Scrabo is famous for its sandstone which has been exploited in a number of quarries designated an Area of Special Scientific Interest. The sandstone formed during the Triassic (160-190 million years ago), when this part of Ireland lay at the fringes of a vast desert; the climate was hot and punctuated by periods of torrential rain that caused severe erosion, depositing enormous quantities of sand in rivers and shallow lakes which later became rock. During the Tertiary, these sandstones were heated and intruded by a dolerite sill which formed a hard cap on the crag and tail of Scrabo Hill, protecting the sandstone from erosion, and scouring by later ice sheets.

Today, the hill is part of the Scrabo Country Park and is marked by an iconic tower at its summit. Built to the design of Charles Lanyon and W H Lynn, and stylistically similar to a Scottish watch tower, it was erected in 1857 and financed by local people to commemorate Charles William Stewart, 3rd Marquis of Londonderry, as a mark of their gratitude for his efforts in alleviating poverty during the famine. Costing over £3,000, the tower is 41 metres high; its walls, over a metre thick, are constructed of Scrabo dolerite. The roof, stairs, quoins and window dressings are of Scrabo sandstone.

Lying unoccupied after the last tenants left in 1966, the tower deteriorated until the DoE (NI) undertook a programme of structural and remedial works. In 1983 it opened to the public during the summer months housing a centre for the Countryside and Wildlife Branch of the DoE and contained a permanent exhibition about the Country Park and the surrounding countryside. Visitors were able to climb the 122 steps to a viewing platform at the top of the tower for unsurpassed panoramic vistas. However, in April 2014 the tower was closed to the public on safety grounds following water damage to its electrical system.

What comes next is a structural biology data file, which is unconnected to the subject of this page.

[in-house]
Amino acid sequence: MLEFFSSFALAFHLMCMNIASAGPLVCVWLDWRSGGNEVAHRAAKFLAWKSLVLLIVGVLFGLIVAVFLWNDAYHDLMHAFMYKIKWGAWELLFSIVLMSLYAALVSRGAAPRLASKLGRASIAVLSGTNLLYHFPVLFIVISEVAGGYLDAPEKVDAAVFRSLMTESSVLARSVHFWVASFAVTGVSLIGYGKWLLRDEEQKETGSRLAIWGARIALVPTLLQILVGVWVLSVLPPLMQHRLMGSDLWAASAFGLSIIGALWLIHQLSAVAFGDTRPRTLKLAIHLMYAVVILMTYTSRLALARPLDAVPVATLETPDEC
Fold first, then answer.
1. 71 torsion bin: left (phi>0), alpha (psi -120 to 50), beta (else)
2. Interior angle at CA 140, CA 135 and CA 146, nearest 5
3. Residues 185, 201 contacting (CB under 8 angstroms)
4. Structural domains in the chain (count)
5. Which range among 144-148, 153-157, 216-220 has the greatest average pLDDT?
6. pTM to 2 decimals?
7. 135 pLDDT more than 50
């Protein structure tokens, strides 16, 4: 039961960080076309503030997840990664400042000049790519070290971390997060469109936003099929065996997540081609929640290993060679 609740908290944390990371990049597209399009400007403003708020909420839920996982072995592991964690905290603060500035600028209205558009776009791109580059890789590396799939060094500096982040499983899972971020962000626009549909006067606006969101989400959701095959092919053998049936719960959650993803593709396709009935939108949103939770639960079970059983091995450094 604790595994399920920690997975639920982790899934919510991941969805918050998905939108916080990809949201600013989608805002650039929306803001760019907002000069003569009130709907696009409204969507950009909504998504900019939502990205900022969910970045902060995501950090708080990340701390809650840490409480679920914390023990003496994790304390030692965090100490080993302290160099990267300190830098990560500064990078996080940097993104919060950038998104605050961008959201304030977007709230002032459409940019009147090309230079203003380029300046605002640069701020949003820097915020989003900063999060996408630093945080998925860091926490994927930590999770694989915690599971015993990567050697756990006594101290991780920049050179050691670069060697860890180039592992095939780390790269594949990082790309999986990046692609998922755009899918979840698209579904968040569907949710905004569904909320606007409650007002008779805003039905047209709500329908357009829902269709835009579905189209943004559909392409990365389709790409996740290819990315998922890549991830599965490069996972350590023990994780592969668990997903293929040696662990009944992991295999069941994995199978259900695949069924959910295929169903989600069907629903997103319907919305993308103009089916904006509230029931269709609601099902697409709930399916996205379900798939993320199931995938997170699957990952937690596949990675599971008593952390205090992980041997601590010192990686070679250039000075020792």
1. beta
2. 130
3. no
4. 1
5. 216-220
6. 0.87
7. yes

From the Newtownards or the Comber bypass, follow the signs for Scrabo Country Park and drive uphill to its main car park. The summit can be reached in a few minutes by following a steep tarmac track uphill. Follow the 3.7 km circular route exploring the old sandstone quarries to lengthen your visit. Linkback: mountainviews.ie/summit/1489/comment/18172/
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Hill with a tower on top
by Wilderness 3 Sep 2018
The hill on its own is 160 meters high and the tower which sits on top of the hill is 40 meters high which will bring you up to 200 meters above sea level. The tower can be accessed and climbed during the spring and summer months from Thursday to Sunday. Entry into the tower was always free of charge but unfortunately that has now changed.

The hill can be climbed from the car park just below the Golf Clubhouse at A (J475 723) ; you do not have very much walking to do from here to the top.
If you want a longer walk , you can start at the Killynether forest car park which is lower down on the southwest side of the hill at: B (J473 719). The north and south quarries are also worth visiting ; especially the south quarry! Linkback: mountainviews.ie/summit/1489/comment/19898/